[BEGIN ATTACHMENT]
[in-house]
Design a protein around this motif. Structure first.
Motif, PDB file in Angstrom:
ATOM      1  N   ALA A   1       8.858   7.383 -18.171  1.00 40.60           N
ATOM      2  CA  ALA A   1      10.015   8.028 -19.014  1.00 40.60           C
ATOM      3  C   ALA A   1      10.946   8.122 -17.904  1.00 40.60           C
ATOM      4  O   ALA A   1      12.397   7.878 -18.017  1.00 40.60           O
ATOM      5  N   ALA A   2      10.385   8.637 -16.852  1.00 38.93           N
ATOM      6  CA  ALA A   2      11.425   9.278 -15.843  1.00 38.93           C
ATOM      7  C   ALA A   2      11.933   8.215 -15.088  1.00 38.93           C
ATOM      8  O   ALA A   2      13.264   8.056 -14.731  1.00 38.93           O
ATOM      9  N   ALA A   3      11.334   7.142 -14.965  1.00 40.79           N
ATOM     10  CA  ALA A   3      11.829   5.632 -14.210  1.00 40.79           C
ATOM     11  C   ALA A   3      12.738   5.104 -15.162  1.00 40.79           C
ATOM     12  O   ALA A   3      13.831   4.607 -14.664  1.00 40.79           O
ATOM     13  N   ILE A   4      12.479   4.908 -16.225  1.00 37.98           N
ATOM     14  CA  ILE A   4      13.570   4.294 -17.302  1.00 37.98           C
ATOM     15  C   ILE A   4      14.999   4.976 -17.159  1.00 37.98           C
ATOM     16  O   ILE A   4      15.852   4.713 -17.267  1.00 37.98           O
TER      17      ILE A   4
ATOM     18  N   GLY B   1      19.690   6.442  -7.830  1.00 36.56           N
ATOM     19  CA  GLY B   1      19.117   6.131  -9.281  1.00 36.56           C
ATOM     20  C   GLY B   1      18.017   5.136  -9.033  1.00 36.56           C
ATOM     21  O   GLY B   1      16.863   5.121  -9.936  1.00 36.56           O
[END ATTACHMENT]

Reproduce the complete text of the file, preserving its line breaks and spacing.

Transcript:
[in-house]
Design a protein around this motif. Structure first.
Motif, PDB file in Angstrom:
ATOM      1  N   ALA A   1       8.858   7.383 -18.171  1.00 40.60           N
ATOM      2  CA  ALA A   1      10.015   8.028 -19.014  1.00 40.60           C
ATOM      3  C   ALA A   1      10.946   8.122 -17.904  1.00 40.60           C
ATOM      4  O   ALA A   1      12.397   7.878 -18.017  1.00 40.60           O
ATOM      5  N   ALA A   2      10.385   8.637 -16.852  1.00 38.93           N
ATOM      6  CA  ALA A   2      11.425   9.278 -15.843  1.00 38.93           C
ATOM      7  C   ALA A   2      11.933   8.215 -15.088  1.00 38.93           C
ATOM      8  O   ALA A   2      13.264   8.056 -14.731  1.00 38.93           O
ATOM      9  N   ALA A   3      11.334   7.142 -14.965  1.00 40.79           N
ATOM     10  CA  ALA A   3      11.829   5.632 -14.210  1.00 40.79           C
ATOM     11  C   ALA A   3      12.738   5.104 -15.162  1.00 40.79           C
ATOM     12  O   ALA A   3      13.831   4.607 -14.664  1.00 40.79           O
ATOM     13  N   ILE A   4      12.479   4.908 -16.225  1.00 37.98           N
ATOM     14  CA  ILE A   4      13.570   4.294 -17.302  1.00 37.98           C
ATOM     15  C   ILE A   4      14.999   4.976 -17.159  1.00 37.98           C
ATOM     16  O   ILE A   4      15.852   4.713 -17.267  1.00 37.98           O
TER      17      ILE A   4
ATOM     18  N   GLY B   1      19.690   6.442  -7.830  1.00 36.56           N
ATOM     19  CA  GLY B   1      19.117   6.131  -9.281  1.00 36.56           C
ATOM     20  C   GLY B   1      18.017   5.136  -9.033  1.00 36.56           C
ATOM     21  O   GLY B   1      16.863   5.121  -9.936  1.00 36.56           O